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Re: So some blindspots that came up as a result of CVE for service discussion

        I like that document, except for the requirement that "there is 
something the
customer can do, post-fix, to detect earlier exploitation."  That 
assumes you have perfect
knowledge of what a customer would or could do, but the customer can 
have a different
perspective.  For example, a customer may decide that the best action 
is to change
providers!  That option will likely not be considered as something a 
customer can do, by
the provider, one reason being the conflict of interest.


On Wed, 2018-10-31 at 17:20 +0000, Lisa Olson wrote:
> I’ve been brainstorming with colleagues here are Microsoft.  The 
> attached document
> distills our thoughts and provides some examples.
> From: Kurt Seifried <kurt@seifried.org>
> Sent: Thursday, October 25, 2018 10:32 AM
> To: cve-editorial-board-list <cve-editorial-board-list@mitre.org>
> Subject: So some blindspots that came up as a result of CVE for 
> service discussion
> So we had a good CVE for services discussion today and some 
> blindspots were identified,
> the biggest one (and something the board will have to deal with) 
> being:
> CVE Database - practical vs. theoretical?
> So in past the CVE database has largely been for exploitable 
> vulnerabilities, although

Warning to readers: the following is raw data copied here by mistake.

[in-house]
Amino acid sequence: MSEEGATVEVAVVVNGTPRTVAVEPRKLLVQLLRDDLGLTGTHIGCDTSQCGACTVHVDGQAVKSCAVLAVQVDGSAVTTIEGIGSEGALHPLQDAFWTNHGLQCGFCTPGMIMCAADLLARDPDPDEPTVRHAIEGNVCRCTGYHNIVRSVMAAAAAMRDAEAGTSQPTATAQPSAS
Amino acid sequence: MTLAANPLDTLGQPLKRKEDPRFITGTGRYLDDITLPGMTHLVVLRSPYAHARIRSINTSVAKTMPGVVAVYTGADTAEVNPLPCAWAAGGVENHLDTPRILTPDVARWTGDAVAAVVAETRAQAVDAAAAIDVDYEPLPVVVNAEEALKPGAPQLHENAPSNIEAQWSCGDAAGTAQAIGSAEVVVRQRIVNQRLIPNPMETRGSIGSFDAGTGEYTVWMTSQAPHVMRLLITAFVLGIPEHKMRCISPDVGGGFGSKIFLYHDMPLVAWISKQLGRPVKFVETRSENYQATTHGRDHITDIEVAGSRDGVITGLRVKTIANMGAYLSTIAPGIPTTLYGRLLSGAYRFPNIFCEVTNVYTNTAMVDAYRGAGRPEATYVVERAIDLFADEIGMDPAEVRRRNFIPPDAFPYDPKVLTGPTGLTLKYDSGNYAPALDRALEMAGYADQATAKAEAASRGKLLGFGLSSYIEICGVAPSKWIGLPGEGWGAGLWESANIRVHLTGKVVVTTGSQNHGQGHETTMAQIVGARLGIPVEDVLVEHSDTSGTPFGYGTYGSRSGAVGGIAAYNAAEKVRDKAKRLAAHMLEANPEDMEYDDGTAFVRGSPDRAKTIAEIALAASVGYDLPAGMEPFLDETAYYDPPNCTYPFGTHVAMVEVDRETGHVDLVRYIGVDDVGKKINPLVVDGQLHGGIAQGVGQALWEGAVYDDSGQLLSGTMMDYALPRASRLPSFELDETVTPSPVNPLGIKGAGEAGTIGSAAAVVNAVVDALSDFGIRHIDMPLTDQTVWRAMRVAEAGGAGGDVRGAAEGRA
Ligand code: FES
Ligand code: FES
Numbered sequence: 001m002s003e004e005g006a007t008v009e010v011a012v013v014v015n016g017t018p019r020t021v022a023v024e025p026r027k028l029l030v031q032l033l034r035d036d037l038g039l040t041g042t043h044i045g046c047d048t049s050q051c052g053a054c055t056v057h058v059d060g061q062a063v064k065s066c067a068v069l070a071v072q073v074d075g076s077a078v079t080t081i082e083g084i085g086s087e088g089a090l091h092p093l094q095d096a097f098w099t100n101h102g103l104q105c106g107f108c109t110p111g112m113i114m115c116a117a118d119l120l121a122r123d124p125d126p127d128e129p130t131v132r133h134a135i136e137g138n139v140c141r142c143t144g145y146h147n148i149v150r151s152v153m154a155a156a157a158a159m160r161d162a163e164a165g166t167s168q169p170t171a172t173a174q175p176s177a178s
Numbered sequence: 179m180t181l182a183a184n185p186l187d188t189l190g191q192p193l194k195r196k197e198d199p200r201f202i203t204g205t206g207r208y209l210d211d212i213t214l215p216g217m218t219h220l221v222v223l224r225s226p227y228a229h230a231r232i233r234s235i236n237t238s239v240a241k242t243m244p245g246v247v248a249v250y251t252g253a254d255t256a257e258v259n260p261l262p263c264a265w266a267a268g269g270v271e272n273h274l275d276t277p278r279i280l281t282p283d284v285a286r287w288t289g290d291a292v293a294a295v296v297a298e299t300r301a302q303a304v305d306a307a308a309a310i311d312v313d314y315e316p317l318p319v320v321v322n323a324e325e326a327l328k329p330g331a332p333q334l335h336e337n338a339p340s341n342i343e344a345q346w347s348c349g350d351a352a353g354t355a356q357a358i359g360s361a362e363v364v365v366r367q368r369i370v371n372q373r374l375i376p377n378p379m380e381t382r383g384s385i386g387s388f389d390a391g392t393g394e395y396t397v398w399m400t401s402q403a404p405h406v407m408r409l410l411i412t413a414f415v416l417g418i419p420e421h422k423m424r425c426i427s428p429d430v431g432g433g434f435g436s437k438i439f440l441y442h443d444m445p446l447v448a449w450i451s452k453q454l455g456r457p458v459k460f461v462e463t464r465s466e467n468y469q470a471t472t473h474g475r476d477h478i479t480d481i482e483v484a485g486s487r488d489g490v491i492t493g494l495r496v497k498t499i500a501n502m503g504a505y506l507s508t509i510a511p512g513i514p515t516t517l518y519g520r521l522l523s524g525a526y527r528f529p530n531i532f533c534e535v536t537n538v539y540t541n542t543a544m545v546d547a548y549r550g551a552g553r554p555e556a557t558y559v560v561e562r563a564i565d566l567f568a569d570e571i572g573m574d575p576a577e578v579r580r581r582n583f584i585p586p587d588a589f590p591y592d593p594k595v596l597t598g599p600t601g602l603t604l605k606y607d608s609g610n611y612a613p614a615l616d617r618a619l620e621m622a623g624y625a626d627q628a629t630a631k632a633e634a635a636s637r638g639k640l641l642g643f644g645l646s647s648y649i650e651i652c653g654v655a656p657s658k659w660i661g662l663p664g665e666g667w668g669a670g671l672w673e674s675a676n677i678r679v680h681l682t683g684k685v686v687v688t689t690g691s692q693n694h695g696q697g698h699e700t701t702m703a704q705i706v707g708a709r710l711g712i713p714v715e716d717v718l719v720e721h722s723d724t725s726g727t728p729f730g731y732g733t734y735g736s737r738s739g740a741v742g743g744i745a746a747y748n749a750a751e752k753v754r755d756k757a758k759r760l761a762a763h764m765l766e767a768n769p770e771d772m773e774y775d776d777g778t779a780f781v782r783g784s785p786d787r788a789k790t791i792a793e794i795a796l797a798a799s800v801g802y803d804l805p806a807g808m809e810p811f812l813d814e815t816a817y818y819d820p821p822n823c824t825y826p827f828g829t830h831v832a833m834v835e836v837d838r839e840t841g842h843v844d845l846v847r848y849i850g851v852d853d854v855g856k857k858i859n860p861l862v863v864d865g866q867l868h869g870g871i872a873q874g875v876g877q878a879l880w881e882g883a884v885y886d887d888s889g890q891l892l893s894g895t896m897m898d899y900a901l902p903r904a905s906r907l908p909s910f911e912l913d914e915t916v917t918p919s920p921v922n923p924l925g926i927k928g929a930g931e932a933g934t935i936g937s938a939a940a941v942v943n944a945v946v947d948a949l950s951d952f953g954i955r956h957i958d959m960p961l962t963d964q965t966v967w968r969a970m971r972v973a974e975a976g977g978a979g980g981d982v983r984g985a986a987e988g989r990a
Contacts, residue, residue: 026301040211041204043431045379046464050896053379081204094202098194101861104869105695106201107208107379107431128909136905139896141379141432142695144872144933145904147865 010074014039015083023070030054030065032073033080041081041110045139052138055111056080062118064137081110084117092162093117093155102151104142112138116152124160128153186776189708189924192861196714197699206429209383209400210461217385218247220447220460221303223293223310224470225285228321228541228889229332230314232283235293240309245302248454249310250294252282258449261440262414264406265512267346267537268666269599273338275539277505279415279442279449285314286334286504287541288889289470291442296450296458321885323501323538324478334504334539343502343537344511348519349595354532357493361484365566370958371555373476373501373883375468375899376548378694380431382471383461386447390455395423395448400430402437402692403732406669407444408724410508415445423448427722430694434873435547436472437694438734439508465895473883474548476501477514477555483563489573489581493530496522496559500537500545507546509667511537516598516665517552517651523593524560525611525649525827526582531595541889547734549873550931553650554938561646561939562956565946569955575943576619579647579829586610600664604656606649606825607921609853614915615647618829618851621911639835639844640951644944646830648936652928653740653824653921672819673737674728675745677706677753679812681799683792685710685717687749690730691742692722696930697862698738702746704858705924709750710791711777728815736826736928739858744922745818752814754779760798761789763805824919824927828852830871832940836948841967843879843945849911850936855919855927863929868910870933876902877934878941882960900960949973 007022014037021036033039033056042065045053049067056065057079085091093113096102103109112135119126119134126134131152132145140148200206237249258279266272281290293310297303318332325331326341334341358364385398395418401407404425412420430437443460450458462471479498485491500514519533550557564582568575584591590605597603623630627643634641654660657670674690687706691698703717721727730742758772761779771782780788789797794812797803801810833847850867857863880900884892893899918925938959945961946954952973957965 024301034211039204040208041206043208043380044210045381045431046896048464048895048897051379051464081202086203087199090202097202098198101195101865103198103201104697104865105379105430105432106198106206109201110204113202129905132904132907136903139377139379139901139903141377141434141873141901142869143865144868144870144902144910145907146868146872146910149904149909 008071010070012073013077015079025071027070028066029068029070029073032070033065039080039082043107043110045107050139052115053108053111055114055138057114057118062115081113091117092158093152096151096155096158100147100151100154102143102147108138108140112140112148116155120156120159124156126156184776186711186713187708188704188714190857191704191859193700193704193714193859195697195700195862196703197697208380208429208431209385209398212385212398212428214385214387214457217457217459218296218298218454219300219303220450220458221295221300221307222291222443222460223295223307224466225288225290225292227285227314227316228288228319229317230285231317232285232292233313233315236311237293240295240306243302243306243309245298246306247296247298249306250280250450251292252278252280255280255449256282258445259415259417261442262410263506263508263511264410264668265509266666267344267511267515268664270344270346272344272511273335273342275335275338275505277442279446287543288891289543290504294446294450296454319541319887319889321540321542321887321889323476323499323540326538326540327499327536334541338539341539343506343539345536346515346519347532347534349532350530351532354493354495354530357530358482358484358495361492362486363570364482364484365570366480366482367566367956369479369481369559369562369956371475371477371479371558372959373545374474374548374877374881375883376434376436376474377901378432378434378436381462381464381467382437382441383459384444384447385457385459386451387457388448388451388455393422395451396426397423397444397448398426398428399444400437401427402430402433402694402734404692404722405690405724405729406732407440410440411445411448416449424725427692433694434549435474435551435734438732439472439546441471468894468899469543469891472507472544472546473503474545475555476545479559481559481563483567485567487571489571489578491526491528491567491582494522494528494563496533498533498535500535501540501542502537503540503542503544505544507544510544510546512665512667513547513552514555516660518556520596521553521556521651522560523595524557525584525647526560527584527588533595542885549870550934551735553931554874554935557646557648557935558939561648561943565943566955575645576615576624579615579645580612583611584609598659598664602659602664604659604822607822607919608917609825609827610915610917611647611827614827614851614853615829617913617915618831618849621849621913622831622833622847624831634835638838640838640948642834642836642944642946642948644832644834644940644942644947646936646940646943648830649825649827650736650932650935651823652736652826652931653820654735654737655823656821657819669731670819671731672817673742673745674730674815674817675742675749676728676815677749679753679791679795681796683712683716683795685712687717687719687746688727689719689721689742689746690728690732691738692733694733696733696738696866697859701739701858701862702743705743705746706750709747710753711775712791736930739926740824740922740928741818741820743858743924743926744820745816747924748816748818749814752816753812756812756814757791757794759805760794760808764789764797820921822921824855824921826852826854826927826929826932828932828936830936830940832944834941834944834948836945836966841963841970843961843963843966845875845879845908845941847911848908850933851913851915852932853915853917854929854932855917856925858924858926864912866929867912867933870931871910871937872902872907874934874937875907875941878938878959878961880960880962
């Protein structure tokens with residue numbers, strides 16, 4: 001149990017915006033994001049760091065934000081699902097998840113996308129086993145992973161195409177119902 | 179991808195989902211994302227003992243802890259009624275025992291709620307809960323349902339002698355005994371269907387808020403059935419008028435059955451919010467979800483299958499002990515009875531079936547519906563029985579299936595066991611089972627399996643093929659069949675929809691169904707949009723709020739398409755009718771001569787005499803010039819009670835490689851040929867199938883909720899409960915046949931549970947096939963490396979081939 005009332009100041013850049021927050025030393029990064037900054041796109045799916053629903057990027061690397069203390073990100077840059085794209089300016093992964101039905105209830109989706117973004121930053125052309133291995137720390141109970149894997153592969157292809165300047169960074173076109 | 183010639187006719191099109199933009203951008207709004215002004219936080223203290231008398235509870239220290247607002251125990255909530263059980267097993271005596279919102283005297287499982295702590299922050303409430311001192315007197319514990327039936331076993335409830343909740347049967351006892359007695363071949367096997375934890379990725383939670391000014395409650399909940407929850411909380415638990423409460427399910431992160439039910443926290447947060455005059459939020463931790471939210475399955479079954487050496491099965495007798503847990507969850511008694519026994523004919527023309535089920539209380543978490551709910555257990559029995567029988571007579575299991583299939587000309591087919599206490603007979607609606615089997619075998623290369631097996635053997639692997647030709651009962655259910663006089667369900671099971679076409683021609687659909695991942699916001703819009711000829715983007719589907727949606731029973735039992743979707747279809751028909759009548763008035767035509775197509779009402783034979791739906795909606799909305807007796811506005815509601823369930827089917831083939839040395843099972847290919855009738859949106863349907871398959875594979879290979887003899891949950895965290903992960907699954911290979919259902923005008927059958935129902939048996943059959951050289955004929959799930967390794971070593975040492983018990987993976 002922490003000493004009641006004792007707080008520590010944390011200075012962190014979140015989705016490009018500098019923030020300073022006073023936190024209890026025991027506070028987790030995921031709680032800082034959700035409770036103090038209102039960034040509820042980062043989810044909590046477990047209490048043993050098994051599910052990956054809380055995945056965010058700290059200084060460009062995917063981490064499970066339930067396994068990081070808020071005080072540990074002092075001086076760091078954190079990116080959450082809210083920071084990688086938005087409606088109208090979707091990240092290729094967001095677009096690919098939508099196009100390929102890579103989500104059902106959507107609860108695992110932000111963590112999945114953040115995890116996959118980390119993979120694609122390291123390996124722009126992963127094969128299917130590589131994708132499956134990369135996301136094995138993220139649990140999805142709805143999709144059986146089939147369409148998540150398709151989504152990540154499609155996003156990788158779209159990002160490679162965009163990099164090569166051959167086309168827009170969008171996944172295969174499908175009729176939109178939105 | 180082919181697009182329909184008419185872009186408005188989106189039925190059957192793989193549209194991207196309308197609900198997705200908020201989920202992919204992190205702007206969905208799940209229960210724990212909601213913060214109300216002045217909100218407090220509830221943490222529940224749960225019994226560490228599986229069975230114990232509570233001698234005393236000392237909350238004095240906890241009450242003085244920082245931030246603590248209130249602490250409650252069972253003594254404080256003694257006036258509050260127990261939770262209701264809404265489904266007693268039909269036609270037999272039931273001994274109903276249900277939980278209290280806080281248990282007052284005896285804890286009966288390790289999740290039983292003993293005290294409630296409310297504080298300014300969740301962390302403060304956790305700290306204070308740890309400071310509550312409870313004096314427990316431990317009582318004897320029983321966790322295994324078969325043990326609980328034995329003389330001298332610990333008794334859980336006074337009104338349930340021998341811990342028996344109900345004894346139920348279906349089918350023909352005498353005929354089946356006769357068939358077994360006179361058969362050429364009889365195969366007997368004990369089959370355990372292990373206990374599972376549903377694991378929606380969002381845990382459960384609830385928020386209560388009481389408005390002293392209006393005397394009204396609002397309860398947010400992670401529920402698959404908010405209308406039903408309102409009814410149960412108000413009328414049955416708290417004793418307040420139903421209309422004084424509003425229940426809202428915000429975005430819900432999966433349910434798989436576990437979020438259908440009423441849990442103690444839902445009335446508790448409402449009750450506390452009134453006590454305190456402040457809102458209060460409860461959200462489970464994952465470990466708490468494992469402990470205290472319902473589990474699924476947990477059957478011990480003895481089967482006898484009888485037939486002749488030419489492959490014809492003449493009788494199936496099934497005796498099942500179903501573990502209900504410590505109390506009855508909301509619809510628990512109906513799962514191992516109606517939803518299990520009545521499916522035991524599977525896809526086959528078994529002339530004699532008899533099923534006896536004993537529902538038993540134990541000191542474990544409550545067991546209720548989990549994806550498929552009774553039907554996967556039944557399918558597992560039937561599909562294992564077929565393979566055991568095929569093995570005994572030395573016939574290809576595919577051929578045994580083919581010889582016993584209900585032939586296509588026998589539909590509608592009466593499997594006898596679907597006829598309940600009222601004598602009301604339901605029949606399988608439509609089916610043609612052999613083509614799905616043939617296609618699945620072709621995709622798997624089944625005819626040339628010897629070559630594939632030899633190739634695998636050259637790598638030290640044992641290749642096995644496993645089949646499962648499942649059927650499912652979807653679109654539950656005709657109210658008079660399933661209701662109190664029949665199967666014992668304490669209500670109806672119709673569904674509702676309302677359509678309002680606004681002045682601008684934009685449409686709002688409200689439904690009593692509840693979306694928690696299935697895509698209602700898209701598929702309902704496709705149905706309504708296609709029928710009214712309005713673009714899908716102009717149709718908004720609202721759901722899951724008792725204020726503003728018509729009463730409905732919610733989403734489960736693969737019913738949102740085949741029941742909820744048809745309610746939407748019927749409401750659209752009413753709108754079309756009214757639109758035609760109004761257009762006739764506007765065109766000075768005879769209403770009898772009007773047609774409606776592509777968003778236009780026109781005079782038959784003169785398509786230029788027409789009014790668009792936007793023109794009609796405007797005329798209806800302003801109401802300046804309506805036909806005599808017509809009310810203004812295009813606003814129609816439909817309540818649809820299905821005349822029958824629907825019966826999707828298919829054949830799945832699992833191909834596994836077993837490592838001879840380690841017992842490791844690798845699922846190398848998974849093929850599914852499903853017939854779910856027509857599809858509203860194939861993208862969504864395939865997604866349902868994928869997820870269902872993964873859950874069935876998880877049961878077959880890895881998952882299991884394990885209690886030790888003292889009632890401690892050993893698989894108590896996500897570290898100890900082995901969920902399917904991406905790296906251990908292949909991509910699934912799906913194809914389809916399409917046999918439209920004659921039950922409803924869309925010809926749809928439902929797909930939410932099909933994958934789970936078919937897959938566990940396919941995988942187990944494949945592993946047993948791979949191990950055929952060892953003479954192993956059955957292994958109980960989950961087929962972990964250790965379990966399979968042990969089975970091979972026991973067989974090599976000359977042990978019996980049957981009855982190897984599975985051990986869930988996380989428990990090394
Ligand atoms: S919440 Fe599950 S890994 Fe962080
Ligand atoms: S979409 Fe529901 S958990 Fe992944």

> we don't require proof of exploitation typically most are pretty self 
> explanatory, We do
> have cases like the Linux Kernel where we, out of caution, assign a 
> lot of CVE's (http:/
> /cve.mitre.org/cgi-
> bin/cvekey.cgi?keyword=linux+kernel<https://na01.safelinks.protection.outlook.com/?url=h
> ttp%3A%2F%2Fcve.mitre.org%2Fcgi-
> bin%2Fcvekey.cgi%3Fkeyword%3Dlinux%2Bkernel&data=02%7C01%7Celolson%40microsoft.com%7C559
> 77085ef7c4896844808d63a9ffe5d%7C72f988bf86f141af91ab2d7cd011db47%7C1%7C0%7C6367608561853
> 43092&sdata=aBr1GPrl0N6oM6yXYOxgNFAPZQQ7JxWuK%2BjBNKVEjog%3D&reserved=0>;)
>  because
> typically these flaws are found to be exploitable with enough work.
> However one aspect of this is that with software we can't know if it 
> has been exploited
> or not, we don't even know in some cases who is running this stuff.
> This leads us to the cloud, most cloud providers do quite a bit of 
> logging, and can in
> some cases definitely say "yes there is a vulnerability in service X, 
> but we checked all
> our logs and it was never exploited/triggered", so in this case we 
> definitely have a
> vulnerability, but we also have (as far as we know) definitive proof 
> it was never
> exploited.
> So in this case, if we have proof it wasn't exploited, should it get 
> a CVE or not? I can
> see arguments going both ways, but I'd like to get the Boards take on 
> this.
> --
> Kurt Seifried
> kurt@seifried.org<mailto:kurt@seifried.org>

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